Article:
For "moist air" at -40C, at 1 atm and humidity of 50%, then the range of values that the refractive index of air can take for visible light (700 nm to 350 nm) is from 1.000336677 to 1.000349269. (Note that humidity at this temperature has little effect on the refractive index). You can play around with the figures here [www.wolframalpha.com]

If we use these ranges of refractive index for air at -40, as well as your angular figures, then we can calculate n(2) to have a range from 1.297161 to 1.297177. So regardless, the value doesn't change to 4 decimal places, and is 1.2972.

The refractive index of ice at 1 atm, and at -40, in the same visible range (700 nm to 350 nm) is between 1.3069 and 1.3249 (again calculated from here [www.wolframalpha.com]). This is why I said it is close and not exact (its about 1% out).

I we work out the deviation of the refracted angle assuming that in your diagram the upper medium is air, and the lower medium is ice at -40C, and assuming the incident angle is correct, then we would expect the refracted angle Q2 to have the range of 31.2053 (for 350 nm) to 31.6841 (for 700 nm). So your refractive angle is two big for an exact match. Of course there could be an error in the incident angle. And one could back calculate what the range of incident angles would be assuming that the refracted angle is correct (44.496 for 350 nm and 43.737 for 700 nm).

However, if there are errors then they will likely be in both incident and refracted measurements, but because they are coupled, then all we can say is that the range of the ratio of the two sines i.e. n(1)/n(2) = sin(Q2)/sin(Q1) will be between n(1)/n(2) = 0.75504 and 0.7654271 for 350 nm to 700 nm range respectively (or n(2)/n(1) = 1.3244 to 1.30646). Finding the minimum error in both angles Q1 and Q2 is then tricky involving what amounts to systematic trial and error.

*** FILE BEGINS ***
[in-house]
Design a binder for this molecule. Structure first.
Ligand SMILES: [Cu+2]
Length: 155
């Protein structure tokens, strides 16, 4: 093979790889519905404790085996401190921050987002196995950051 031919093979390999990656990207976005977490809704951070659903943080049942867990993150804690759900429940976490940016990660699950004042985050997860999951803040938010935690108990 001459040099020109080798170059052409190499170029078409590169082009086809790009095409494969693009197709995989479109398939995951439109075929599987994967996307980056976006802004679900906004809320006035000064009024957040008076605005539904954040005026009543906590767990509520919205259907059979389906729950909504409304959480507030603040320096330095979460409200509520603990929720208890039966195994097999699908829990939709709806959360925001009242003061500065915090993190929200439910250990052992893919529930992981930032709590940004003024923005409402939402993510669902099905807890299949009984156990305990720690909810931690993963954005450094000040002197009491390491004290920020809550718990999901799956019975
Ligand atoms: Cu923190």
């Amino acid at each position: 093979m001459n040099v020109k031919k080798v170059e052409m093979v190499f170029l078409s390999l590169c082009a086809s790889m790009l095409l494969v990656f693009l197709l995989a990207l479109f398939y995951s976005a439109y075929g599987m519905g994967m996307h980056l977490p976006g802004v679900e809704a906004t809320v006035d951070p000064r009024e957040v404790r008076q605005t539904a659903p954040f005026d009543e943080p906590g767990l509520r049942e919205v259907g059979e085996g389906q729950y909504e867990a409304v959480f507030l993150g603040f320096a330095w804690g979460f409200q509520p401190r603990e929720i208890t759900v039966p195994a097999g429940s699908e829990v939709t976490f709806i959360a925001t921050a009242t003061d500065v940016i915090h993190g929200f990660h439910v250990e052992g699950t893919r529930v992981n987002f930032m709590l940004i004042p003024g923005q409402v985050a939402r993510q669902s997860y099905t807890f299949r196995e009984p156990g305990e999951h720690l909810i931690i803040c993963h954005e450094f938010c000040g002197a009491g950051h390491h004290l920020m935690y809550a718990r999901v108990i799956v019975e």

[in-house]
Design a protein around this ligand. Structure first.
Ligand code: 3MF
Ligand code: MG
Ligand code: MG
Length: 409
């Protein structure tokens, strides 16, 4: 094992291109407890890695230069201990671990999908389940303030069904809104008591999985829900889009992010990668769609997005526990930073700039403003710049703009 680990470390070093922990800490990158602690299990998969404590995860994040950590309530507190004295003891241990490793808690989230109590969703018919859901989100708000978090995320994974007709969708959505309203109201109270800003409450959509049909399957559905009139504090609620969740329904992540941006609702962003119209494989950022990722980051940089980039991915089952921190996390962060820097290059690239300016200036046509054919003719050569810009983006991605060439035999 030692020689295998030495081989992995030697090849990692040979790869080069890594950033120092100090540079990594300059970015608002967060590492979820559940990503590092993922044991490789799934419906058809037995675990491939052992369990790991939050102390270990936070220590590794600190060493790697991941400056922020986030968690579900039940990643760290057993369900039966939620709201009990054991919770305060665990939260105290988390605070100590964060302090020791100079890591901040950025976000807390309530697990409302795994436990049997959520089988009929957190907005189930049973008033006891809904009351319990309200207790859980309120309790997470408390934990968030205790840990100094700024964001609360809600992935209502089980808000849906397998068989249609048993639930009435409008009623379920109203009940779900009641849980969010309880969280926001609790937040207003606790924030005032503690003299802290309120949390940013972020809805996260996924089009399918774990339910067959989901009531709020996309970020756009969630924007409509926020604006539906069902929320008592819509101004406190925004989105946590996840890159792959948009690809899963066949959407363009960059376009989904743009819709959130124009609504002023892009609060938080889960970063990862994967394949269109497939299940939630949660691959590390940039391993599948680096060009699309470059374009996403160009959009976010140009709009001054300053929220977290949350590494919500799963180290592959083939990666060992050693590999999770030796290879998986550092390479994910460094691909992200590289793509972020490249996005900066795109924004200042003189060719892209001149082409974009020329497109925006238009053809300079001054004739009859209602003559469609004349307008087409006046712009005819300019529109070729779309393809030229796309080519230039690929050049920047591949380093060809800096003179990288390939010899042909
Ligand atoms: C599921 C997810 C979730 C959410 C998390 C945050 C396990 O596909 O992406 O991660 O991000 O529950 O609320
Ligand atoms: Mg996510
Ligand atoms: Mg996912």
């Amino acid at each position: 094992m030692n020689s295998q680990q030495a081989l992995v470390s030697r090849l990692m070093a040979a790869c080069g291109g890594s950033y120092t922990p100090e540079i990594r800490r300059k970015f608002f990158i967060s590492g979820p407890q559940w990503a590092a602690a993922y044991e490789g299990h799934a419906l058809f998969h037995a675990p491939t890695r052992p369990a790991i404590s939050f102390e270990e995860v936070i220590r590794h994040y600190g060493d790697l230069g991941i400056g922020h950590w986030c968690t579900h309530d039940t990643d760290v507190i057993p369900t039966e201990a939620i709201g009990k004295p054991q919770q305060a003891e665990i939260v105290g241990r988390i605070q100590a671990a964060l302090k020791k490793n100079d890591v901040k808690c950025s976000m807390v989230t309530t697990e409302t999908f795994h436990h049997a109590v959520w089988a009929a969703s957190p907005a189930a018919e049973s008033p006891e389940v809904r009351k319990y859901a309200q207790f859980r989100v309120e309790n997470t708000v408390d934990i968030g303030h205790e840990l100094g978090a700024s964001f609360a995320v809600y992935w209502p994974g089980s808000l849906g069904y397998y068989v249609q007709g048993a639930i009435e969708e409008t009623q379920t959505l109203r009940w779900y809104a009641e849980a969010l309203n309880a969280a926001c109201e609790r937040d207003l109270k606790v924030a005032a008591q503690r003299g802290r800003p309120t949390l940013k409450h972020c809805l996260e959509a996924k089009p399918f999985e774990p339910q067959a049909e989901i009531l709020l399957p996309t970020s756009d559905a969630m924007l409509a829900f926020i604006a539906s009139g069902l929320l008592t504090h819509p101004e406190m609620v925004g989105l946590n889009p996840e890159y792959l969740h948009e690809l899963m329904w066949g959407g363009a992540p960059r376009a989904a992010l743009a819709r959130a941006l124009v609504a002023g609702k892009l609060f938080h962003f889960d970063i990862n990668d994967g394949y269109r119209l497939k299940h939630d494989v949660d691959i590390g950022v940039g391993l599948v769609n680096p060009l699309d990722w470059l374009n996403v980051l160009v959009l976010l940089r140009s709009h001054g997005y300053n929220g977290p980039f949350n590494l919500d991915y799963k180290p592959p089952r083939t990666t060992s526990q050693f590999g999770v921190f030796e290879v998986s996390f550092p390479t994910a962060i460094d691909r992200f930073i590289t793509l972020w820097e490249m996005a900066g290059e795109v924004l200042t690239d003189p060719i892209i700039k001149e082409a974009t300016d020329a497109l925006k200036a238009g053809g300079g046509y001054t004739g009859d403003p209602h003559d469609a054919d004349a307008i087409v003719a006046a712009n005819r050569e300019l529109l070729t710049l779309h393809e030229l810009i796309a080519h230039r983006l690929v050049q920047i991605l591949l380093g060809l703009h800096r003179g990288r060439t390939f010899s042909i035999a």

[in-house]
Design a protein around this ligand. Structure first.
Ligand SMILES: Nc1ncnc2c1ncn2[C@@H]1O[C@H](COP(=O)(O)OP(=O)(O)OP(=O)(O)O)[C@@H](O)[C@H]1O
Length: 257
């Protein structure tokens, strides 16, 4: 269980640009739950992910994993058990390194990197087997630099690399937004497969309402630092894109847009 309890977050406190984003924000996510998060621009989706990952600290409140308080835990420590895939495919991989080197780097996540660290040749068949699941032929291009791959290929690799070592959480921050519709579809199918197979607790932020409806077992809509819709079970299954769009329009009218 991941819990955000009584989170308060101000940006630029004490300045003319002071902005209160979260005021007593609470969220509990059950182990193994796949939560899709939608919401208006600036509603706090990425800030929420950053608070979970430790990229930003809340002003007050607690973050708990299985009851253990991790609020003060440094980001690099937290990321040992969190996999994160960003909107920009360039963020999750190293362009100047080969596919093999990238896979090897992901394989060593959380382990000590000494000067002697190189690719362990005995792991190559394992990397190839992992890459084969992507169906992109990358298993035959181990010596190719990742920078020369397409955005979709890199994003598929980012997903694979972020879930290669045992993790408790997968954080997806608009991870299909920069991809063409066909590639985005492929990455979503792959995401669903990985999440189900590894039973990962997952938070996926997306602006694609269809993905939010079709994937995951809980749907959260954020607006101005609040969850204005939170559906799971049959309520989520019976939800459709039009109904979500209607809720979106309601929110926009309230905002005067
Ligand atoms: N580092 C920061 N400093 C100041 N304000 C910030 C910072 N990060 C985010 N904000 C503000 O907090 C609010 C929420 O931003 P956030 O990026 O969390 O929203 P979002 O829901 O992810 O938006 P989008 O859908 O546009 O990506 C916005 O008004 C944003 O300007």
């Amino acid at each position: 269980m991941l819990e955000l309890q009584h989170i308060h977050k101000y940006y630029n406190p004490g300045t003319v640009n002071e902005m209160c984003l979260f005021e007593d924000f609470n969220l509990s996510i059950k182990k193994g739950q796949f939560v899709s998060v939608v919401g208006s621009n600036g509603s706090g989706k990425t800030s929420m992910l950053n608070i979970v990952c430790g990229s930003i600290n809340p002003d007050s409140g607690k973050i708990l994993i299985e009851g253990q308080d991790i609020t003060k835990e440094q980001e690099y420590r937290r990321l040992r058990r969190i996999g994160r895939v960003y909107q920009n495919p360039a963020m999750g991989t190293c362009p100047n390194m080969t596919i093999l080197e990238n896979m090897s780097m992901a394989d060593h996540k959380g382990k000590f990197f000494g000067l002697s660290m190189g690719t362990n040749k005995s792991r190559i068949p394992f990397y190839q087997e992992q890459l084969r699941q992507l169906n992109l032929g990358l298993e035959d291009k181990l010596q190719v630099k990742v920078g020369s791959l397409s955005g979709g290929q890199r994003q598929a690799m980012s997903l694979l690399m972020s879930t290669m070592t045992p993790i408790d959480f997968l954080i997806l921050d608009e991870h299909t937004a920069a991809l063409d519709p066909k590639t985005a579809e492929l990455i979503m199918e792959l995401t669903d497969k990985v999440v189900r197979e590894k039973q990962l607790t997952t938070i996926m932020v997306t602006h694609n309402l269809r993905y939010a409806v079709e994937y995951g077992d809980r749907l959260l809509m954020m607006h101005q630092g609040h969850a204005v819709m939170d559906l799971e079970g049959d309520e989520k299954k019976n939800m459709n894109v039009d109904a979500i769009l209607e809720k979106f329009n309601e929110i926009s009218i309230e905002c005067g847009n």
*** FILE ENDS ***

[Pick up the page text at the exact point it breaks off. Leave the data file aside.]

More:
The logical conclusion from all this is as follows. Using your values for the angles, and your hypothesis that the Giza represents forms of water and air at a specific temperature (-40 C), then it COULD encode refractive properties of light of these optical media. I say could because the values are not exact, but they are are close. However, to accept such a hypothesis as correct, other evidence from the archaeological records would be required to support such a conclusion, as well as accepting that the alignment is out considering other alleged precisions that these structures have. I say this because you are basing one hypothesis (that the layout represents encodes refraction of specific media) upon an initial unconfirmed hypothesis that the specific structures encode elemental information.

I still remain to be convinced, but I do think that it is interesting.

Jonny

This post was created using 100% recycled electrons